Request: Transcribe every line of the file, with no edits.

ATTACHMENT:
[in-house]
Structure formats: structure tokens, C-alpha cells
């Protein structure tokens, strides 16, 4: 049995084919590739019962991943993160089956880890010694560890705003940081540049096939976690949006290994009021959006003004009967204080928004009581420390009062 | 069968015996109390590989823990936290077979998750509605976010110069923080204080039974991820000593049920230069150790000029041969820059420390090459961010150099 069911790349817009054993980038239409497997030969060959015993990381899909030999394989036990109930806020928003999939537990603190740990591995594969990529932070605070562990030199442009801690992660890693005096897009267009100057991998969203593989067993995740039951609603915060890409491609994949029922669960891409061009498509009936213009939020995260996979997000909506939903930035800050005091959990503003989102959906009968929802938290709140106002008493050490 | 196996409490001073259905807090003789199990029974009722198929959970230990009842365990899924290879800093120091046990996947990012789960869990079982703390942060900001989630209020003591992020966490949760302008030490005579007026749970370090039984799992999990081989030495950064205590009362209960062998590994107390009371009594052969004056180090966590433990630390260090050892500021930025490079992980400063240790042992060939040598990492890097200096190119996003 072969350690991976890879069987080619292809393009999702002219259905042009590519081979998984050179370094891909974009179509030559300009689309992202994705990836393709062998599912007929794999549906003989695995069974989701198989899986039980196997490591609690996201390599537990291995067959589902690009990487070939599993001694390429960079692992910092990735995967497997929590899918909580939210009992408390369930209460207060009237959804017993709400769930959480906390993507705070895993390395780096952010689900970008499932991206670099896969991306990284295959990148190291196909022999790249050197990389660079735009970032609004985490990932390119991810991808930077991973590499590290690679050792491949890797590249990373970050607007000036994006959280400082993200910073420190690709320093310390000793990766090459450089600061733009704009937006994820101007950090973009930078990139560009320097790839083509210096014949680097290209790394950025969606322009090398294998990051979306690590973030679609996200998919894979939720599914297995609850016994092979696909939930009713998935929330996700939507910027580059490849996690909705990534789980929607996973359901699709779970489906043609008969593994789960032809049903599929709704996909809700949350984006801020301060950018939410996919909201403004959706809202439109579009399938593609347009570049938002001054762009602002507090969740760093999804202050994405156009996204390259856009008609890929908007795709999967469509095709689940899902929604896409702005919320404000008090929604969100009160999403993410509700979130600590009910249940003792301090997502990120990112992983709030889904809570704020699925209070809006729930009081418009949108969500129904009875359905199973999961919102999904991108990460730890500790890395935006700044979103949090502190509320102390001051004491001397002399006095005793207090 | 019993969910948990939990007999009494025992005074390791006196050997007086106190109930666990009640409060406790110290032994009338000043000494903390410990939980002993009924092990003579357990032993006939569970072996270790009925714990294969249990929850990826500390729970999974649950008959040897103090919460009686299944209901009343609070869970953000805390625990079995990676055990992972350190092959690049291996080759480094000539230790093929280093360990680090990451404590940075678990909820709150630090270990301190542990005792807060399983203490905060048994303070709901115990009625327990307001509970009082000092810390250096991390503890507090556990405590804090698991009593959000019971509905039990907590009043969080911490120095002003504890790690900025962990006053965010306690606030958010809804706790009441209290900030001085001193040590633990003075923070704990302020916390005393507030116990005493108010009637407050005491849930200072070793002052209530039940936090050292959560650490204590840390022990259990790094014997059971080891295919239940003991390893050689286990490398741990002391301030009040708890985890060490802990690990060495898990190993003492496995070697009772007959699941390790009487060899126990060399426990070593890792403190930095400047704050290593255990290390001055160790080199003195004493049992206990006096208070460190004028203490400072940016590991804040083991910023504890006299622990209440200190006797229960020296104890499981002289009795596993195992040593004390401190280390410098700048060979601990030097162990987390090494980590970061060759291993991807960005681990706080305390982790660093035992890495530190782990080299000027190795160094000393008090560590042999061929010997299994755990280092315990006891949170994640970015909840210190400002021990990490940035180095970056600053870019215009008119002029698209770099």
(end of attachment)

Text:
[in-house]
Structure formats: structure tokens, C-alpha cells
């Protein structure tokens, strides 16, 4: 049995084919590739019962991943993160089956880890010694560890705003940081540049096939976690949006290994009021959006003004009967204080928004009581420390009062 | 069968015996109390590989823990936290077979998750509605976010110069923080204080039974991820000593049920230069150790000029041969820059420390090459961010150099 069911790349817009054993980038239409497997030969060959015993990381899909030999394989036990109930806020928003999939537990603190740990591995594969990529932070605070562990030199442009801690992660890693005096897009267009100057991998969203593989067993995740039951609603915060890409491609994949029922669960891409061009498509009936213009939020995260996979997000909506939903930035800050005091959990503003989102959906009968929802938290709140106002008493050490 | 196996409490001073259905807090003789199990029974009722198929959970230990009842365990899924290879800093120091046990996947990012789960869990079982703390942060900001989630209020003591992020966490949760302008030490005579007026749970370090039984799992999990081989030495950064205590009362209960062998590994107390009371009594052969004056180090966590433990630390260090050892500021930025490079992980400063240790042992060939040598990492890097200096190119996003 072969350690991976890879069987080619292809393009999702002219259905042009590519081979998984050179370094891909974009179509030559300009689309992202994705990836393709062998599912007929794999549906003989695995069974989701198989899986039980196997490591609690996201390599537990291995067959589902690009990487070939599993001694390429960079692992910092990735995967497997929590899918909580939210009992408390369930209460207060009237959804017993709400769930959480906390993507705070895993390395780096952010689900970008499932991206670099896969991306990284295959990148190291196909022999790249050197990389660079735009970032609004985490990932390119991810991808930077991973590499590290690679050792491949890797590249990373970050607007000036994006959280400082993200910073420190690709320093310390000793990766090459450089600061733009704009937006994820101007950090973009930078990139560009320097790839083509210096014949680097290209790394950025969606322009090398294998990051979306690590973030679609996200998919894979939720599914297995609850016994092979696909939930009713998935929330996700939507910027580059490849996690909705990534789980929607996973359901699709779970489906043609008969593994789960032809049903599929709704996909809700949350984006801020301060950018939410996919909201403004959706809202439109579009399938593609347009570049938002001054762009602002507090969740760093999804202050994405156009996204390259856009008609890929908007795709999967469509095709689940899902929604896409702005919320404000008090929604969100009160999403993410509700979130600590009910249940003792301090997502990120990112992983709030889904809570704020699925209070809006729930009081418009949108969500129904009875359905199973999961919102999904991108990460730890500790890395935006700044979103949090502190509320102390001051004491001397002399006095005793207090 | 019993969910948990939990007999009494025992005074390791006196050997007086106190109930666990009640409060406790110290032994009338000043000494903390410990939980002993009924092990003579357990032993006939569970072996270790009925714990294969249990929850990826500390729970999974649950008959040897103090919460009686299944209901009343609070869970953000805390625990079995990676055990992972350190092959690049291996080759480094000539230790093929280093360990680090990451404590940075678990909820709150630090270990301190542990005792807060399983203490905060048994303070709901115990009625327990307001509970009082000092810390250096991390503890507090556990405590804090698991009593959000019971509905039990907590009043969080911490120095002003504890790690900025962990006053965010306690606030958010809804706790009441209290900030001085001193040590633990003075923070704990302020916390005393507030116990005493108010009637407050005491849930200072070793002052209530039940936090050292959560650490204590840390022990259990790094014997059971080891295919239940003991390893050689286990490398741990002391301030009040708890985890060490802990690990060495898990190993003492496995070697009772007959699941390790009487060899126990060399426990070593890792403190930095400047704050290593255990290390001055160790080199003195004493049992206990006096208070460190004028203490400072940016590991804040083991910023504890006299622990209440200190006797229960020296104890499981002289009795596993195992040593004390401190280390410098700048060979601990030097162990987390090494980590970061060759291993991807960005681990706080305390982790660093035992890495530190782990080299000027190795160094000393008090560590042999061929010997299994755990280092315990006891949170994640970015909840210190400002021990990490940035180095970056600053870019215009008119002029698209770099």